Drinks, food, Interviews

q&a with plaisir de merle winemaker niel bester

When you think of Cape wines, Plasir de Merle definitely ranks amongst the favourites. Situated at the foot of the Simonsberg Mountains between Paarl and Franschhoek and steeped in history, the estate aims to make wine that honours its past and terroir. Niel Bester, who has been at the helm of Plaisir de Merle’s winemaking since the winery's inception, catches up with House and Leisure about his winemaking journey.

did you always want to be a winemaker? if not, what did you want to be when you were growing up?

From a young age I knew that I wanted to work outside, with nature, probably more so with animals, but after starting my studies in Animal Sciences I got interested in winemaking (more so drinking!) and decided to change to Oenology And Viticulture.

if you were a wine, what would it be?

A red blend! There are many facets to a blend, hopefully also to my personality. Blending is a way for me to show my creative side.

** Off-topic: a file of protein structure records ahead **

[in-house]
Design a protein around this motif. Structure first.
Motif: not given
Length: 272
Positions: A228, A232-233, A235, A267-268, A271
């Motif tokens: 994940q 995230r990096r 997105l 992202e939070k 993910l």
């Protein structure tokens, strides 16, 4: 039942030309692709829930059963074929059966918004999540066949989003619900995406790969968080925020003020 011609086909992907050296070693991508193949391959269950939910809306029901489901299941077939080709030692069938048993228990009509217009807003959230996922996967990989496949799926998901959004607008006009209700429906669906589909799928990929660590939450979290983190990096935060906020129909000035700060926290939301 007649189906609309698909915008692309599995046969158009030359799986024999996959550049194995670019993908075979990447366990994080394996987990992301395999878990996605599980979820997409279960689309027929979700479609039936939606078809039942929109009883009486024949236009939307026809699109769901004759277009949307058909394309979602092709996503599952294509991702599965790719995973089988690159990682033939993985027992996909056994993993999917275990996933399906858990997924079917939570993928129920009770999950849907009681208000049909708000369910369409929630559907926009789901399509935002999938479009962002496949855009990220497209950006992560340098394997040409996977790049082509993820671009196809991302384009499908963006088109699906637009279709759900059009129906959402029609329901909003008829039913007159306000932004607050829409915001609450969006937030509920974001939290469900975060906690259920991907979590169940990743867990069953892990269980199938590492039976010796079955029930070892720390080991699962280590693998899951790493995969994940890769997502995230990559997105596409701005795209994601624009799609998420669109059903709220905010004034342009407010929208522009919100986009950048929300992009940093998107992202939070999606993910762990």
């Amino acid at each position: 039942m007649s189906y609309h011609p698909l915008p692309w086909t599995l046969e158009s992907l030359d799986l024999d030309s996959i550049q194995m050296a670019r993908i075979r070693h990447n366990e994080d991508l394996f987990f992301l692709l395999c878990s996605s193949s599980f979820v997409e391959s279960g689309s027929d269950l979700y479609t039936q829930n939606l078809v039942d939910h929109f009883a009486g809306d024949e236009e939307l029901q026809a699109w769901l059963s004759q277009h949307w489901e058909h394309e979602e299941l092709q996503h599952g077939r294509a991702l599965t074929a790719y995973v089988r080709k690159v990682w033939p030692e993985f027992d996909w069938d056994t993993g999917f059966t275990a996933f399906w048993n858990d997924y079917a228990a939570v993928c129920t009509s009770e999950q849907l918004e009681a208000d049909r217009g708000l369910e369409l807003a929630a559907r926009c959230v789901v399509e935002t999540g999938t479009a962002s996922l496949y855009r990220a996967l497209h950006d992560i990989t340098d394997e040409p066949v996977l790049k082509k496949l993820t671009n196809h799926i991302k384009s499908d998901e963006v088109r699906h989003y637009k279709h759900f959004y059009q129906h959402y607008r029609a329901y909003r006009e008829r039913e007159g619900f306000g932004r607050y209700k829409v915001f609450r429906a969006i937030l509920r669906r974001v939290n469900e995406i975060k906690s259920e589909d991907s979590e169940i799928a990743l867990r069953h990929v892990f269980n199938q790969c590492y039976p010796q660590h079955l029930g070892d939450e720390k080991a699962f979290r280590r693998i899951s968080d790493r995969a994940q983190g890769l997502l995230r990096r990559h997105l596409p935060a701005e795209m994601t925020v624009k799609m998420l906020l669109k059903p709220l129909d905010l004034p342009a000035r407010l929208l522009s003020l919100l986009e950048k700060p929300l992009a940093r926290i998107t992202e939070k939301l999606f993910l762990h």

what's the oddest (or most memorable) wine you've ever tasted?

Just after starting as a winemaker I was in Bloemfontein for a wine tasting. We were at a Portuguese restaurant and the owner insisted that I went home with them to taste the wine that he was making from grapes grown in his backyard. Well it didn’t end there as we travelled from house to house to taste the wines that his friends were making as well. The wines were mouldy, oxidised and well, undrinkable but I had to be polite and lot of the wine ended up in flower pots.

what is your favourite wine to make?

Blends. I love the creativity of blending. As the saying goes ‘the whole is greater than the sum of its parts’.

what tastes remind you of your childhood?

Aniseed – because of the buttermilk rusks my mum use to bake. It was a regular after-school lunch for me.

what's your current favourite cultivar, and why?

I love working with Petit verdot. It is such a powerful wine, but if you can control it, the lovely tannins and intense colour is the ideal partner to give structure and mouthfeel in a blend, even as a single varietal wine.

what do you want people to experience/ get out of your wine when they drink it?

I hope that their expectations are met. That it adds value to that moment and that it plays a part in creating memories of the people that you enjoy it with.

which part of the world should every serious wine-lover visit?

The Douro Valley in Portugal. Incredible scenery, architecture, people, wines and port.

what would your last meal – and last drink – be?

A huge seafood platter (calamari, crayfish, prawns, salmon,…) and Plaisir de Merle Grand Brut MCC.